President George W. Bush would call for relatively modest budget increases to pay for the early stages of his plan to send humans back to the moon and on to Mars, government officials said Friday. But for reasons both technological and political, the administration was vague about the long-term costs of the proposal.
Government officials and outside experts who have seen the proposal said Bush would call for a gradual program of research and development, freeing him from putting a specific price tag on a decades-long project that would not come to fruition until long after he was out of office.
The officials said Bush would propose a funding increase for NASA next year of around 5 percent, or US$750 million, with similar increases for the remainder of the five-year budget sent to Congress next month.
Additional money would come from reallocating funds going to other space projects.
Officials said the reallocation assumed a phaseout of the space shuttle program, and left open the possibility that NASA would eventually have to make tradeoffs between manned and unmanned space projects to pay for the new initiative.
Bush is scheduled to announce his plans on Wednesday in Washington, the White House said Friday, and officials said he would set a goal of returning to the moon in eight to 10 years and eventually sending people to Mars. But the administration remained mum about many of the essential questions surrounding the proposal.
Republicans said the initiative could give Bush's presidency -- or at least his election-year agenda -- a legacy-inspiring flavor of something beyond the polarizing issues of the war with Iraq and big tax cuts.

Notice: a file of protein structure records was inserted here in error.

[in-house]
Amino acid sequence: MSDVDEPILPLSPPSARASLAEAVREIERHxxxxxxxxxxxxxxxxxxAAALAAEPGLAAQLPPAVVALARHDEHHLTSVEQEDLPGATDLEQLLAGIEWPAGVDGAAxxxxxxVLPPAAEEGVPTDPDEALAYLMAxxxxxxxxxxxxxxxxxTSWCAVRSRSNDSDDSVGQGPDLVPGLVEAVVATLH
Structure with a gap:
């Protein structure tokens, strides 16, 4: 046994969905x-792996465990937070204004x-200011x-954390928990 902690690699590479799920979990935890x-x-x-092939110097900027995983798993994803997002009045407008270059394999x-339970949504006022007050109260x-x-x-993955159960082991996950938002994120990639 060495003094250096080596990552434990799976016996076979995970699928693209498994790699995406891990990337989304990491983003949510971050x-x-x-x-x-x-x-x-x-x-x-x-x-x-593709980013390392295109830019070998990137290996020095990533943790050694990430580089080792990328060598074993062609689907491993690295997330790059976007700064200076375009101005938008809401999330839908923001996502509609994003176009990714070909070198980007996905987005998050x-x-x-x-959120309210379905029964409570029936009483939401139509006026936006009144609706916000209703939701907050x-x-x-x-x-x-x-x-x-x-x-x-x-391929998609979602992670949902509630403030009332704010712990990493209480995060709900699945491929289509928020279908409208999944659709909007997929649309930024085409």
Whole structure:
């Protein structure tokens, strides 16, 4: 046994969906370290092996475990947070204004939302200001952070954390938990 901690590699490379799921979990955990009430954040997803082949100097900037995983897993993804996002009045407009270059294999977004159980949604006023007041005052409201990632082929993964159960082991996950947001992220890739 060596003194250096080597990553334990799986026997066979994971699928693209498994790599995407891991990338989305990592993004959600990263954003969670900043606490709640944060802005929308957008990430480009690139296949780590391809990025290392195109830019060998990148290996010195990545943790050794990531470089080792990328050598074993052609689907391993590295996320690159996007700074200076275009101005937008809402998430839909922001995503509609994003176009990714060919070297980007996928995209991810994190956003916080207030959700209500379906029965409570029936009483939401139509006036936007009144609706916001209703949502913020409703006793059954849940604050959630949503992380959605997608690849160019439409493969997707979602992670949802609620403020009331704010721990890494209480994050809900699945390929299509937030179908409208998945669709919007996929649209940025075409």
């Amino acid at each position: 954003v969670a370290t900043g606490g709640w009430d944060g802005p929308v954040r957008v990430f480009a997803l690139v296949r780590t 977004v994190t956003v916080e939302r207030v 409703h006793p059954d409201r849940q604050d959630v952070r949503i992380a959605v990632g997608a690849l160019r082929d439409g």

"If his proposal matches the headlines, it is the right direction and a significant political asset in the long run," said Newt Gingrich, the former Republican House speaker. "Those who jump up and down and say, `Don't go to the moon, don't go to Mars,' have a hard argument because they are up against 250 years of optimism in American history."
But Democrats said that merely putting the nation on a path toward a manned mission to Mars would highlight issues like health care, education and retirement benefits, that remain underfunded and unresolved on Earth.
But politics does not stop at the atmosphere's edge. At a rally in Rochester, New Hampshire, on Friday for his campaign for the Democratic presidential nomination, Howard Dean, the former Vermont governor, suggested that Bush's motivation was political and he asked how the program would be paid for.
"I happen to think space exploration is terrific," Dean said. "Where is the tax increase to pay for it? It is not worth bankrupting the country."
John Logsdon, director of the Space Policy Institute at George Washington University in Washington, said he considered the plan a serious effort to give new direction to the space program.
But he said it would be harder for Bush than it was for President John F. Kennedy in the early 1960s to make the space program a national rallying point. Space travel is no longer new and exciting, he said, and one of the main rationales for the Apollo program, beating the Soviet Union to the moon, is not applicable.